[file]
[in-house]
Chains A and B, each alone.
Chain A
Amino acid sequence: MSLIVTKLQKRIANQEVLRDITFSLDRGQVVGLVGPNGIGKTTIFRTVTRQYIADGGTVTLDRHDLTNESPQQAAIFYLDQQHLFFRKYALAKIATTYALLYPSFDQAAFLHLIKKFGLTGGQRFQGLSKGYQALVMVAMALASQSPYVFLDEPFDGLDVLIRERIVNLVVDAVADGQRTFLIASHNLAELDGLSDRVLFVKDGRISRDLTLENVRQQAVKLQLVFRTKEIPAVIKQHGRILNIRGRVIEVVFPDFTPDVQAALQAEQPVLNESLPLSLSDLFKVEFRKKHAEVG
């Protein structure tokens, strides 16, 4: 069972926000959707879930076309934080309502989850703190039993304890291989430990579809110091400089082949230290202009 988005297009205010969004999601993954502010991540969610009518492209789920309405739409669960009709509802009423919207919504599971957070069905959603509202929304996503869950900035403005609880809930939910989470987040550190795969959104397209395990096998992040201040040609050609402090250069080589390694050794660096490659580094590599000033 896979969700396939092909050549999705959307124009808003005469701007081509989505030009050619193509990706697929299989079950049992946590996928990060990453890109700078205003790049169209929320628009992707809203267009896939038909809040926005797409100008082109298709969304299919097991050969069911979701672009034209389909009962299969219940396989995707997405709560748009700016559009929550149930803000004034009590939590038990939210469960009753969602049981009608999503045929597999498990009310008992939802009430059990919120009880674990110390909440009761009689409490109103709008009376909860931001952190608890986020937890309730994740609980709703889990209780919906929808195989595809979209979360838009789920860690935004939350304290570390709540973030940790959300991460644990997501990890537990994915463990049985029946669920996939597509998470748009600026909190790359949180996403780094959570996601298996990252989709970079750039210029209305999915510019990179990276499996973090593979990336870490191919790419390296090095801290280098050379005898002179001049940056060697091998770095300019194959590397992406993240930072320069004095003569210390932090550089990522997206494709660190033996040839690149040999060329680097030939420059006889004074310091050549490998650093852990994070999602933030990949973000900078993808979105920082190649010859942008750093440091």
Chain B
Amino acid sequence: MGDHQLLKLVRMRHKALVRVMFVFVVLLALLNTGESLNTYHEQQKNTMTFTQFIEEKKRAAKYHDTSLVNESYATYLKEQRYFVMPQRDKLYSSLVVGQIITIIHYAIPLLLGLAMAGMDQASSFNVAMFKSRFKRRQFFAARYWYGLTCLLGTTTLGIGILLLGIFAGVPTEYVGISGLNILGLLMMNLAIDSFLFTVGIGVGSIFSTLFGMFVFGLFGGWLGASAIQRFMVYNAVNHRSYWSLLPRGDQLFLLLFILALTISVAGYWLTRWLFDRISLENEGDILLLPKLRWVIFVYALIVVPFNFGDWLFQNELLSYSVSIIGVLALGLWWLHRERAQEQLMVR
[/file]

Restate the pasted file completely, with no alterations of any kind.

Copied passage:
[in-house]
Chains A and B, each alone.
Chain A
Amino acid sequence: MSLIVTKLQKRIANQEVLRDITFSLDRGQVVGLVGPNGIGKTTIFRTVTRQYIADGGTVTLDRHDLTNESPQQAAIFYLDQQHLFFRKYALAKIATTYALLYPSFDQAAFLHLIKKFGLTGGQRFQGLSKGYQALVMVAMALASQSPYVFLDEPFDGLDVLIRERIVNLVVDAVADGQRTFLIASHNLAELDGLSDRVLFVKDGRISRDLTLENVRQQAVKLQLVFRTKEIPAVIKQHGRILNIRGRVIEVVFPDFTPDVQAALQAEQPVLNESLPLSLSDLFKVEFRKKHAEVG
């Protein structure tokens, strides 16, 4: 069972926000959707879930076309934080309502989850703190039993304890291989430990579809110091400089082949230290202009 988005297009205010969004999601993954502010991540969610009518492209789920309405739409669960009709509802009423919207919504599971957070069905959603509202929304996503869950900035403005609880809930939910989470987040550190795969959104397209395990096998992040201040040609050609402090250069080589390694050794660096490659580094590599000033 896979969700396939092909050549999705959307124009808003005469701007081509989505030009050619193509990706697929299989079950049992946590996928990060990453890109700078205003790049169209929320628009992707809203267009896939038909809040926005797409100008082109298709969304299919097991050969069911979701672009034209389909009962299969219940396989995707997405709560748009700016559009929550149930803000004034009590939590038990939210469960009753969602049981009608999503045929597999498990009310008992939802009430059990919120009880674990110390909440009761009689409490109103709008009376909860931001952190608890986020937890309730994740609980709703889990209780919906929808195989595809979209979360838009789920860690935004939350304290570390709540973030940790959300991460644990997501990890537990994915463990049985029946669920996939597509998470748009600026909190790359949180996403780094959570996601298996990252989709970079750039210029209305999915510019990179990276499996973090593979990336870490191919790419390296090095801290280098050379005898002179001049940056060697091998770095300019194959590397992406993240930072320069004095003569210390932090550089990522997206494709660190033996040839690149040999060329680097030939420059006889004074310091050549490998650093852990994070999602933030990949973000900078993808979105920082190649010859942008750093440091």
Chain B
Amino acid sequence: MGDHQLLKLVRMRHKALVRVMFVFVVLLALLNTGESLNTYHEQQKNTMTFTQFIEEKKRAAKYHDTSLVNESYATYLKEQRYFVMPQRDKLYSSLVVGQIITIIHYAIPLLLGLAMAGMDQASSFNVAMFKSRFKRRQFFAARYWYGLTCLLGTTTLGIGILLLGIFAGVPTEYVGISGLNILGLLMMNLAIDSFLFTVGIGVGSIFSTLFGMFVFGLFGGWLGASAIQRFMVYNAVNHRSYWSLLPRGDQLFLLLFILALTISVAGYWLTRWLFDRISLENEGDILLLPKLRWVIFVYALIVVPFNFGDWLFQNELLSYSVSIIGVLALGLWWLHRERAQEQLMVR